• Pesticides
  • Packaging and Labeling
  • Cannabis Tracking System – Bring Your Own Device/Data (BYOD) – Metrc will answer your questions
  • Taxes: Collecting & Reporting

There will be two tracks offered, one for producers and processors, and another for wholesalers and retailers.  The content will be tailored to the license categories.

Producers/Processors  

9:30 a.m             Check-in

10 a.m.               Pesticides

10:45 a.m.          Break

11 a.m                Packaging & Labeling

12 p.m.               Lunch Break – Networking

1 p.m.                 Rules & Compliance

1:45 p.m.            Metrc

2:45 p.m.            Break

3:00 p.m.            Taxes

3:15 p.m.            General Q&A session

Wholesalers/Retailers

9:30 a.m             Check-in

10 a.m.               Rules & Compliance

10:45 a.m.          Break

11 a.m                Metrc

12 p.m.               Lunch Break – Networking

1 p.m.                 Pesticides

1:45 p.m.            Packaging & Labeling

2:45 p.m.            Break

3:00 p.m.            Taxes

3:15 p.m.            General Q&A session

The workshop is open to all licensees or their representatives; one licensee per track.  Non-licensees can register but will be waitlisted until licensees have had the opportunity to register.

Note:  Anyone who registers for the workshop, is a “no-show” and doesn’t cancel their reservation will be placed on a “no-show” list.  Anyone on the “no-show” list will be restricted from registering for future OLCC workshops until other licensees have registered. Interested parties can register here for the workshops.

WeedTraQR Seed-to-Sale Software Certified For Oregon

WASHINGTON: The Oregon Liquor Control Commission (OLCC) has approved WeedTraQR cannabis seed-‐to‐sale tracking software as a validate software provider for Oregon’s recreational marijuana program. The Seattle-based company has developed a platform that is compatible for integration with Oregon’s Cannabis Tracking System (CTS) to meet the inventory traceability needs of the state’s producer, processor, wholesaler, and research.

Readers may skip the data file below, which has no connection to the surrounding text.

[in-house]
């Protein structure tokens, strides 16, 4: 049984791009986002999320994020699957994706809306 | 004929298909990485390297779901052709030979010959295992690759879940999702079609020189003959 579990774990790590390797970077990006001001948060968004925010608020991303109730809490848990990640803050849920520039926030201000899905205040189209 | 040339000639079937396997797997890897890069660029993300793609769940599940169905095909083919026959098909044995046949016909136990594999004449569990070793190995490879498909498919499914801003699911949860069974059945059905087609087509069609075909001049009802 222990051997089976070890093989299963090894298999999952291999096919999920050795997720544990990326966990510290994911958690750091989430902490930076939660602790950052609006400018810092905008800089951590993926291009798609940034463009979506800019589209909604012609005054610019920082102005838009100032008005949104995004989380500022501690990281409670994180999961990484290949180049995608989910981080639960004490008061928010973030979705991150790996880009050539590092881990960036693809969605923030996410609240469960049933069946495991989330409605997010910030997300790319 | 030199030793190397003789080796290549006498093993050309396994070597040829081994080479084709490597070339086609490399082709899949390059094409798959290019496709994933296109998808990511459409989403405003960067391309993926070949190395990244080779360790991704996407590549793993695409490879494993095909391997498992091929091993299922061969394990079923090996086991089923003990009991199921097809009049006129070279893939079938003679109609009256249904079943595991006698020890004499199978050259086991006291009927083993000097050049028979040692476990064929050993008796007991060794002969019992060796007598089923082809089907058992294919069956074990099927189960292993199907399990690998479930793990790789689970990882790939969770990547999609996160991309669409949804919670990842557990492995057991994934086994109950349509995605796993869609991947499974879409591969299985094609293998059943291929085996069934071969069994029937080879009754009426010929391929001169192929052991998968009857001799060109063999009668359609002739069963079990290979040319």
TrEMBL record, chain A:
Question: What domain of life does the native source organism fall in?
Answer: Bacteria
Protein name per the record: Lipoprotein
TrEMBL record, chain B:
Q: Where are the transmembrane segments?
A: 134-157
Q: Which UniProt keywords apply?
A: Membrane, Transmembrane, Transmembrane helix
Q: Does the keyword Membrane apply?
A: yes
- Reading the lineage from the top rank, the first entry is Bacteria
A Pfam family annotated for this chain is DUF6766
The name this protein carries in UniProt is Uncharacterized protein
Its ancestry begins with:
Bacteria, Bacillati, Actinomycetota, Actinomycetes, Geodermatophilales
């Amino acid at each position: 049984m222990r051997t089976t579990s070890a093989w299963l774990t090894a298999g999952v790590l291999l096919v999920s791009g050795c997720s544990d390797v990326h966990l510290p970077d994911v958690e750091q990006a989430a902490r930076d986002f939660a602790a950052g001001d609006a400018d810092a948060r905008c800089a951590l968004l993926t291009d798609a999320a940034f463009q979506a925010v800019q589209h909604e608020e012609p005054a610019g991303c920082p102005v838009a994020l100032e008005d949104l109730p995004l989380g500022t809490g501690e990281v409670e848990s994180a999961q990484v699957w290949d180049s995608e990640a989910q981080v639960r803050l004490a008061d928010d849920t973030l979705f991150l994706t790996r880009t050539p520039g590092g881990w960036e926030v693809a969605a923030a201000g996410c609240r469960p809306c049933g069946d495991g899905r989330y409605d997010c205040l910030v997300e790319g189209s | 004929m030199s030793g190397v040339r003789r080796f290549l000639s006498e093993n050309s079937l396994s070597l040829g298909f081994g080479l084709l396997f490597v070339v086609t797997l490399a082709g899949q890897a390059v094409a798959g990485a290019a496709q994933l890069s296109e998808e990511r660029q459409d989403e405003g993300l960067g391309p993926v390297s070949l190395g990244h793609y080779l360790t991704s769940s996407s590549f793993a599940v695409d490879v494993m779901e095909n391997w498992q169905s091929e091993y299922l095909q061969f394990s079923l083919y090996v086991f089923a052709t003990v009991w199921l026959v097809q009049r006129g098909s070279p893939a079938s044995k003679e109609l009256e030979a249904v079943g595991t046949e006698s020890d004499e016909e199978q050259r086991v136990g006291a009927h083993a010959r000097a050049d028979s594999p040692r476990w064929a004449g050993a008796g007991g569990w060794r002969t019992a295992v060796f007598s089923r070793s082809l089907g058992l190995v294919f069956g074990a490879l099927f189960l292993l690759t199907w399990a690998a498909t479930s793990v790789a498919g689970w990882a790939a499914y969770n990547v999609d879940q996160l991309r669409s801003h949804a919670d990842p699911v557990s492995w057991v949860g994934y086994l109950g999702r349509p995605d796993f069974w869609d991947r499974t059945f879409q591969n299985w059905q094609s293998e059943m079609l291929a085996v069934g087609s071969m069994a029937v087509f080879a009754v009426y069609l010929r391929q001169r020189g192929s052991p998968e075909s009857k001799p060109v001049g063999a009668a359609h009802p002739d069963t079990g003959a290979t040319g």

Operational for over two years in neighboring Washington, with a rapidly expanding roster of clients, WeedTraQR lends proven expertise and hard‐earned credibility to Oregon’s fledgling system. WeedTraQR’s software will allow recreational cannabis producers, processors, and wholesalers to electronically transmit complete and accurate inventory and sales data into the state’s mandatory CTS, saving time and reducing the risk of error.

All OLCC recreational marijuana licensees must participate in Oregon’s CTS; they can choose an approved third-party provider to integrate company sales and inventory data with the state’s system. One of only four providers validated for use by producers and processors, WeedTraQR pragmatically solves the inventory‐tracking requirement in this early industry stage, turning traceability from burden to competitive advantage by supplying clients with data analytics and other operational resources.

WeedTraQR claims to be the first ‘meta’ traceability software, reporting to the CTS in both Washington (BioTrackTHC) and Oregon (Metrc), making it an appealing option for companies with national aspirations and for those who currently license products in multiple states who want a consistent interface for all facilities.

Touted by Washington’s recreational industry as the easiest‐to‐use, most efficient and responsive inventory platform in the cannabis space, WeedTraQR will focus on producers and processors in Oregon and will also support wholesale and research licensees.

“We like that we’re taking  a platform agnostic, commodity equipment, agile SaaS model to the cannabis industry. It’s a major advantage to be able to run your grow or processing facility traceability from any mobile device, like a tablet or your smart phone, ”  said company co-founder Eric Ogden.  “We’re technology disruptors. We’re unique in that we’re aligned  with the industry first, while providing competent  and reliable governmental support and reporting.”

Oregon House Bill 4014 Signed Into Law by Governor Kate Brown

by Larry J. Brant 

As reported in my November 2015 blog post, in accordance with Internal Revenue Code (“Code”) Section 280E, taxpayers (for purposes of computing federal taxable income) are prohibited from deducting expenses related to the production, processing or sale of illegal drugs, including marijuana.

A Bit of Welcome Relief?

Measure 91, officially called the Control, Regulation, and Taxation of Marijuana and Industrial Hemp Act, passed by Oregon voters, appears to have alleviated some of the impact of Code Section 280E as it relates to Oregon taxable income. Specifically:

  • Section 71 of Measure 91 provides that Code Section 280E does not apply for purposes of determining Oregon taxable income or loss under our corporate income tax regime. This provision sets forth no specific effective date. So, in accordance with Sections 81 and 82 of Measure 91, it became effective on July 1, 2015.
  • Section 74 of Measure 91 provides that Code Section 280E does not apply for purposes of determining Oregon taxable income or loss under our individual income tax regime. This provision of Measure 91 specifically provides that the change became effective for tax years beginning on or after January 1, 2015.